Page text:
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Reaction Time

Even if you have excellent judgment while driving, it may be challenging at times to integrate information from several sources at once. This can slow driver reaction time and inhibit safe driving in dangerous situations. It’s also possible that pain or stiffness in muscles or joints could make it difficult to react quickly during emergencies. A combination of treating the cause and changing driving habits can help you be successful at safe driving.

 

Did You Know?

The average driver makes about 20 major decisions during each mile driven - and often has less than one-half second to react to avoid a potential collision.


Motor Skills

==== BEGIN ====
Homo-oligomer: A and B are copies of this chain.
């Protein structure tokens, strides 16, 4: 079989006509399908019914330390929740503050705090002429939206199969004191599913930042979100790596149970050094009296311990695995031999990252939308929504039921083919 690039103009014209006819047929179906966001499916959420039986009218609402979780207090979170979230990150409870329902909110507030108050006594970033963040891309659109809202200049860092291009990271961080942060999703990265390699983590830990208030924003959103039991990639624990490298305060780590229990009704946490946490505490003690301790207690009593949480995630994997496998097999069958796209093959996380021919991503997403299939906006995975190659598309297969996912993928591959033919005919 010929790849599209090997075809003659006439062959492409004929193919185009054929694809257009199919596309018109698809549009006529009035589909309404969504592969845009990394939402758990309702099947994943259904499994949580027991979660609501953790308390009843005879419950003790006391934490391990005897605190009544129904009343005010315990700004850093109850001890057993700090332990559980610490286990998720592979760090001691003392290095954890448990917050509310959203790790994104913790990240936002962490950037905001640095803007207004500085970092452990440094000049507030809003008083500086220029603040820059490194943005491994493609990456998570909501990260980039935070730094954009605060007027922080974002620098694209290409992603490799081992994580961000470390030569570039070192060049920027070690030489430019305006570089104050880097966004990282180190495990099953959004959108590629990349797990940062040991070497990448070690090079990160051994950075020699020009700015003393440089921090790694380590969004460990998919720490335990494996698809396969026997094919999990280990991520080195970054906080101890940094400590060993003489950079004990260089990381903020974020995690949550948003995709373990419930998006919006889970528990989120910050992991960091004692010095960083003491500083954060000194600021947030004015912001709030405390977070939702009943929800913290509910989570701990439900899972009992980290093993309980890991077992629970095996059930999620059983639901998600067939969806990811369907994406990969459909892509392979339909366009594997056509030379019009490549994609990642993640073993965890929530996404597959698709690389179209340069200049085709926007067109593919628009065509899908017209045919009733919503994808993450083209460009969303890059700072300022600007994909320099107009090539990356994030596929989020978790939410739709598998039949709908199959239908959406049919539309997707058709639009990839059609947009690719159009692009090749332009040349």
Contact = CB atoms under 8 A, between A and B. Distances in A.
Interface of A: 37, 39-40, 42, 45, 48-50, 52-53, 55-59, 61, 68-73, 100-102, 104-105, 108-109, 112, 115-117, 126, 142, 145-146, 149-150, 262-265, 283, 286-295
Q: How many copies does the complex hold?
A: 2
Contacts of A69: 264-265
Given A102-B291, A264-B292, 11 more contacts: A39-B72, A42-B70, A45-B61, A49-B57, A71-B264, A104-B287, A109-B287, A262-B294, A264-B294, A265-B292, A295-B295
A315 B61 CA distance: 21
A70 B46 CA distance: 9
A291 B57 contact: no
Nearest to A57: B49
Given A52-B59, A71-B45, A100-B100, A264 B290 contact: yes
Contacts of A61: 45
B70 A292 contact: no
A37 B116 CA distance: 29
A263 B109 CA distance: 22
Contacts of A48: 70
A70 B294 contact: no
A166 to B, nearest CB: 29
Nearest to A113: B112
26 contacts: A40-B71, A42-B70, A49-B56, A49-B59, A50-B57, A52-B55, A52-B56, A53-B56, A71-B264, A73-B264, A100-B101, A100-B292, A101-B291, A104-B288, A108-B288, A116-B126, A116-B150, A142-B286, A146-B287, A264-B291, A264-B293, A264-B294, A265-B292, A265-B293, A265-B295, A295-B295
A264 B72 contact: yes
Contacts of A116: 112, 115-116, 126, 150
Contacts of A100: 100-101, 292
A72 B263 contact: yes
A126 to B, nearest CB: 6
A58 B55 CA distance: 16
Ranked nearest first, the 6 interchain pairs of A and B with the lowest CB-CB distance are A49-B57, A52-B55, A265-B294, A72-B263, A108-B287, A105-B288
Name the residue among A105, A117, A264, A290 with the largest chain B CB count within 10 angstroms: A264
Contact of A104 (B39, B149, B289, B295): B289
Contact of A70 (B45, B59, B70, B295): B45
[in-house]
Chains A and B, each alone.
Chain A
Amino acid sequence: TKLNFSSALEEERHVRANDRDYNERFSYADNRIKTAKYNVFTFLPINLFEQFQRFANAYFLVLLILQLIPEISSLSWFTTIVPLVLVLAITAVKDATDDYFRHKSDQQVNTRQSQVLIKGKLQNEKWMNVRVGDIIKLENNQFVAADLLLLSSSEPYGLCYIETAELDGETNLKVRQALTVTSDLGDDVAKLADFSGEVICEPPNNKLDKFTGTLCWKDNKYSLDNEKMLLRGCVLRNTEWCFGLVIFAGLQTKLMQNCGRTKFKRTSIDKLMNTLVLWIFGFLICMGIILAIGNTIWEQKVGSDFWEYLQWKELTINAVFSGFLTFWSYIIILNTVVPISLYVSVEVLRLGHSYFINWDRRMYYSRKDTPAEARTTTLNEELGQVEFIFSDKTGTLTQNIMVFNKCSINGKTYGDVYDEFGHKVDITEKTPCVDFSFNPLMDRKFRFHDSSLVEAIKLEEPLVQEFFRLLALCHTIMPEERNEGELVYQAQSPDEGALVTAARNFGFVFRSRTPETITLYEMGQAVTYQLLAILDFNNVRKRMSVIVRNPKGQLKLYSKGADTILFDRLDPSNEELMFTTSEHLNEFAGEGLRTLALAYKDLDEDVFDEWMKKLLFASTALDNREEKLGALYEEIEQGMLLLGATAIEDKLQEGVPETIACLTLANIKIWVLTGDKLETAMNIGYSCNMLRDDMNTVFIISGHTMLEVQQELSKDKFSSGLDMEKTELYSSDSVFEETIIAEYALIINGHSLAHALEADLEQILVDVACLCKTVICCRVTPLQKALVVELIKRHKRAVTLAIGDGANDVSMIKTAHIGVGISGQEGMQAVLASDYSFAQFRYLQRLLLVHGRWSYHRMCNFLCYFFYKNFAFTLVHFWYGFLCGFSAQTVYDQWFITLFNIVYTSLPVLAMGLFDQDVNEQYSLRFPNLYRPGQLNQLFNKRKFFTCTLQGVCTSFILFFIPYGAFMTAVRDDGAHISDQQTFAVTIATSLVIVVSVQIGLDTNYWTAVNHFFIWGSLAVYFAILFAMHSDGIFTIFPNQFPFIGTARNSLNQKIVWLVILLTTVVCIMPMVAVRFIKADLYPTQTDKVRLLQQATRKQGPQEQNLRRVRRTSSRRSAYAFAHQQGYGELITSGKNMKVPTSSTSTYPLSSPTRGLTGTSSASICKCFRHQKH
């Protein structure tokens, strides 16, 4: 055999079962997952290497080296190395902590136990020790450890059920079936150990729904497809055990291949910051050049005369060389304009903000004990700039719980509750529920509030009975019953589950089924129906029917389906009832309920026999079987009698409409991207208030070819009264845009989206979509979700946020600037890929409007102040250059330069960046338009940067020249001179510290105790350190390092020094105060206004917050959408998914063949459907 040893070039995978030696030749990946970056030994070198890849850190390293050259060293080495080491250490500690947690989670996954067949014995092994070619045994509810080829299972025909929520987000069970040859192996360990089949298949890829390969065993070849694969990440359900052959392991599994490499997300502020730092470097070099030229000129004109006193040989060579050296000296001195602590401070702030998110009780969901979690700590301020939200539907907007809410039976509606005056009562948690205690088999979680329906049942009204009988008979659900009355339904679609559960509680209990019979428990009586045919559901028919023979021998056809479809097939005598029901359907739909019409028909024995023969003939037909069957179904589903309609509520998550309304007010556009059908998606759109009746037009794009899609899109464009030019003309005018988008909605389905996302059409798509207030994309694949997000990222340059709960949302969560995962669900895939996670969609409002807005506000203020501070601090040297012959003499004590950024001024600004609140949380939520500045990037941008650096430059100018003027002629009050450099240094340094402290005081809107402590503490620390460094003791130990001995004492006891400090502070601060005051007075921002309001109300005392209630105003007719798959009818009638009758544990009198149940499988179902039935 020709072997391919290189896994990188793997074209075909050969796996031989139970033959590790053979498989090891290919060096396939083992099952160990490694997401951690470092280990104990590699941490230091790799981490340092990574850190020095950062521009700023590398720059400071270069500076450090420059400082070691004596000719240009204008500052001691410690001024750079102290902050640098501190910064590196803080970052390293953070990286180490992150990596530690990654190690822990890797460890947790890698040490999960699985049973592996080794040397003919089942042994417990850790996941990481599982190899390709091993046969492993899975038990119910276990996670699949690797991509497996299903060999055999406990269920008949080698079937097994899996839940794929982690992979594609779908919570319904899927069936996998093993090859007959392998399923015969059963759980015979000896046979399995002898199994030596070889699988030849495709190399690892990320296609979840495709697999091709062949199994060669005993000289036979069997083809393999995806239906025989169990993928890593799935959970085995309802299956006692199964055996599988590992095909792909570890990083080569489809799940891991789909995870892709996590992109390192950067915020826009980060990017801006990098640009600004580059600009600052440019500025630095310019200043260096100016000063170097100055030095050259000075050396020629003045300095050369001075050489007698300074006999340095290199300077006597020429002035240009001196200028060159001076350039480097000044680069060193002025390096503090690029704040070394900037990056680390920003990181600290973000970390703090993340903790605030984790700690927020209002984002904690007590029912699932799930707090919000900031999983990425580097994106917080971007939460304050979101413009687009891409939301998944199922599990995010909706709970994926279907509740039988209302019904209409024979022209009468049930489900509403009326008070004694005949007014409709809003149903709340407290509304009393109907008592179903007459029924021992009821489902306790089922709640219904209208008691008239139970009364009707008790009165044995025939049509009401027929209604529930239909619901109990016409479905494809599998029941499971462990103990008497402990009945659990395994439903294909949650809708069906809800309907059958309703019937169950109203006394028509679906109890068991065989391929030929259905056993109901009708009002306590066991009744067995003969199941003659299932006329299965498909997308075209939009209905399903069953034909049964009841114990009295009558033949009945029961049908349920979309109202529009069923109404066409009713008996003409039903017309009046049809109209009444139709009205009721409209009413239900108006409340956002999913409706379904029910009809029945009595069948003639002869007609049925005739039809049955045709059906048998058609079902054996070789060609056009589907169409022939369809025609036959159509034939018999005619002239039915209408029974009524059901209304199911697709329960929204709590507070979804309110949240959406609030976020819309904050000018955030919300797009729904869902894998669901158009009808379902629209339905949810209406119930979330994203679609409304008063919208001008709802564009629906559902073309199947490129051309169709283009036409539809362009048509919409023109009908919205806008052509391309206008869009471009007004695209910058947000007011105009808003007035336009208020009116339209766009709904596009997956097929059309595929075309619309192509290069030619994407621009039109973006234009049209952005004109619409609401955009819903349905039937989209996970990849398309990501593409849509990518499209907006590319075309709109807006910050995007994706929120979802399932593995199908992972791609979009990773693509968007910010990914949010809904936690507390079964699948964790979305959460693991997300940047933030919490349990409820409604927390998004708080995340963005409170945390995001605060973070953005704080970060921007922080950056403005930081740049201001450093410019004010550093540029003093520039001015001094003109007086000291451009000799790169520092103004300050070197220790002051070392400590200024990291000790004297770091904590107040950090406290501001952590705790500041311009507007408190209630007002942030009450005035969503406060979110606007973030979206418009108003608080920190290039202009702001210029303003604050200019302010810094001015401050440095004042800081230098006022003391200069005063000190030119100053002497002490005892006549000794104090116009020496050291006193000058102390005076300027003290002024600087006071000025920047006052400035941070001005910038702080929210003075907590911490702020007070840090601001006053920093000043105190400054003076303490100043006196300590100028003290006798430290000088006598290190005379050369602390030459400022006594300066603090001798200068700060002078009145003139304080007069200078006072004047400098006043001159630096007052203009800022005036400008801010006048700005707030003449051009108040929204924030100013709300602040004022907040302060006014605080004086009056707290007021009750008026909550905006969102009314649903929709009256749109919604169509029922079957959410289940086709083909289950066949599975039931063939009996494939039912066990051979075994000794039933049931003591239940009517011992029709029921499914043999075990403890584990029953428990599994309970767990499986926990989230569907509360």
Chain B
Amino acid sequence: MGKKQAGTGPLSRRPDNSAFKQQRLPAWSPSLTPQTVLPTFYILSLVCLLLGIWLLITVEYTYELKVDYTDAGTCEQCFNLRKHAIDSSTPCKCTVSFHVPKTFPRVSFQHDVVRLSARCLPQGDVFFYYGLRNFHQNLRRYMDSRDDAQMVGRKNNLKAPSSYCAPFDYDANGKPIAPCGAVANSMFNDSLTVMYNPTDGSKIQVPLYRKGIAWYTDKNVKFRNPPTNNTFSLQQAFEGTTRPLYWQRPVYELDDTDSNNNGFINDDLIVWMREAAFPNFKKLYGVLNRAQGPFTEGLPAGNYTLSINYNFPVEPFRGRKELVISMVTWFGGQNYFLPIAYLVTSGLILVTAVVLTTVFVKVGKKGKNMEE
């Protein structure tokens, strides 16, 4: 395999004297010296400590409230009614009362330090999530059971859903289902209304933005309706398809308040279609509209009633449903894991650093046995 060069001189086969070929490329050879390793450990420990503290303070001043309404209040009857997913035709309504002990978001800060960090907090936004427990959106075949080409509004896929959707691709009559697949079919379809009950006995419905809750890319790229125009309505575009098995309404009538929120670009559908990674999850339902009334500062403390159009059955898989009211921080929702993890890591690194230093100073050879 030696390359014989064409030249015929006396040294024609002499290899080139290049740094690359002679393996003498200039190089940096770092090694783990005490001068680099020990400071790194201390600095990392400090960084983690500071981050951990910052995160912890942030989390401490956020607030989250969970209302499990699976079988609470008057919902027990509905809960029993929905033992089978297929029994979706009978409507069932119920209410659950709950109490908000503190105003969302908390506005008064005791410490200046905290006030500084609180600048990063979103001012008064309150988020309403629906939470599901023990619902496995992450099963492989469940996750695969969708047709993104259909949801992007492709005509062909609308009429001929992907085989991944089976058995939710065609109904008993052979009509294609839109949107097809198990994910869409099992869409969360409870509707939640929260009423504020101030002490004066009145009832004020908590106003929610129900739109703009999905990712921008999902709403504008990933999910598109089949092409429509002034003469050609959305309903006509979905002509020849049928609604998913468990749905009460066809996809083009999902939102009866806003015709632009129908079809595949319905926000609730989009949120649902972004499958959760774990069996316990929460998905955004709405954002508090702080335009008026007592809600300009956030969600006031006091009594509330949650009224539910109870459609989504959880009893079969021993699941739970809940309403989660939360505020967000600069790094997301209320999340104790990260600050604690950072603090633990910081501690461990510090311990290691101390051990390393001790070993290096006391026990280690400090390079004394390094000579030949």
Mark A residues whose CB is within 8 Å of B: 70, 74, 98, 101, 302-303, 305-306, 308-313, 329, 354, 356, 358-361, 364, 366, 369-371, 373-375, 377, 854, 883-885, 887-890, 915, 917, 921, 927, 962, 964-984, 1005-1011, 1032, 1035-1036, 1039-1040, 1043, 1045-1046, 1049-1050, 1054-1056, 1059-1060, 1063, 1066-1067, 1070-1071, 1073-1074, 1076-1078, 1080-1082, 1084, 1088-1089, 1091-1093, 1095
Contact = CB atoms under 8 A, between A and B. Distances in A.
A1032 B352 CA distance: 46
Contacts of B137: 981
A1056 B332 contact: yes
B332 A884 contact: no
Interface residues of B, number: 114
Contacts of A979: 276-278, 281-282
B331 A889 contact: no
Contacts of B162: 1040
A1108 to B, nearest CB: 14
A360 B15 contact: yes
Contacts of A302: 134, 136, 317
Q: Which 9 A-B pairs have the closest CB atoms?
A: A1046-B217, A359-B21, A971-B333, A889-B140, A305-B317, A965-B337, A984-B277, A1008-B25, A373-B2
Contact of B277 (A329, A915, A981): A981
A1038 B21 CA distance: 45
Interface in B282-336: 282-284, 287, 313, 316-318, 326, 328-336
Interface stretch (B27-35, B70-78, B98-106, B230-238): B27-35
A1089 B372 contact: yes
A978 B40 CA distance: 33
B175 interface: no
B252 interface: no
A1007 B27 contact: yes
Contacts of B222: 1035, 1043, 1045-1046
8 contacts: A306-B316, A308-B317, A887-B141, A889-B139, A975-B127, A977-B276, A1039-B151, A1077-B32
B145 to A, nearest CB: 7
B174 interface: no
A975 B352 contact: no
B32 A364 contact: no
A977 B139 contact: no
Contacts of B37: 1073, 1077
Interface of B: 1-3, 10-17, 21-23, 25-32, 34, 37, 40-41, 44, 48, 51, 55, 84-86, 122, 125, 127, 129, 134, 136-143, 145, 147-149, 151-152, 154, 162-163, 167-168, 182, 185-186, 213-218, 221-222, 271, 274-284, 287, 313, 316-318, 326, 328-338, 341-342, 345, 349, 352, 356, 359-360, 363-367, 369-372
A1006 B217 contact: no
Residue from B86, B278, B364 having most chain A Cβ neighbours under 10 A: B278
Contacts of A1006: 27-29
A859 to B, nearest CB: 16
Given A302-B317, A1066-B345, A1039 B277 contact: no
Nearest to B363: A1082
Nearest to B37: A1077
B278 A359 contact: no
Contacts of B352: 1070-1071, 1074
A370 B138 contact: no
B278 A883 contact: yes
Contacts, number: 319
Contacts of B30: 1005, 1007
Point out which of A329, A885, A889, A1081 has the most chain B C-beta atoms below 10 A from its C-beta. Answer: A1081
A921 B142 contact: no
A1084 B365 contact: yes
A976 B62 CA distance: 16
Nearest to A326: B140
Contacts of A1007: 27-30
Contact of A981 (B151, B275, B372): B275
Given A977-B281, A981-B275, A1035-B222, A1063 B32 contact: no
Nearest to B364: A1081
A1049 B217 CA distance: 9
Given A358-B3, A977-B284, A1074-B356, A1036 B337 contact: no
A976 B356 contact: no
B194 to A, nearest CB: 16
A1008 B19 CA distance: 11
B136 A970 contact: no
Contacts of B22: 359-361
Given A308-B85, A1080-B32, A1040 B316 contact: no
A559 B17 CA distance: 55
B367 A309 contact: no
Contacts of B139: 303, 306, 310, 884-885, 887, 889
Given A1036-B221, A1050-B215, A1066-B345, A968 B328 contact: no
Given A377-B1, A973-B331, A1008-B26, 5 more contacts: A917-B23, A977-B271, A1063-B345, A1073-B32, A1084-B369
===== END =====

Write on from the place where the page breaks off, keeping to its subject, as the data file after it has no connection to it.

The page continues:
An old back injury, arthritis, muscle aches and pains – any of these might make it difficult to get behind the wheel, check blind spots when changing lanes or hit the brakes when you need to stop quickly. A few simple tips can help manage driver reaction times. Learn More »


Manage Slower Reaction Times

Simple actions like avoiding congested, fast-moving traffic or taking a closer look at your prescription and over-the-counter medications can help reduce risk of a crash due to slower reaction times. Learn More »


Keep Your Mind & Body Fit

Strength, coordination, flexibility and reaction times all have a major impact on your ability to drive safely. Understand the symptoms of decreased physical and mental fitness and what you can do about them. Learn More »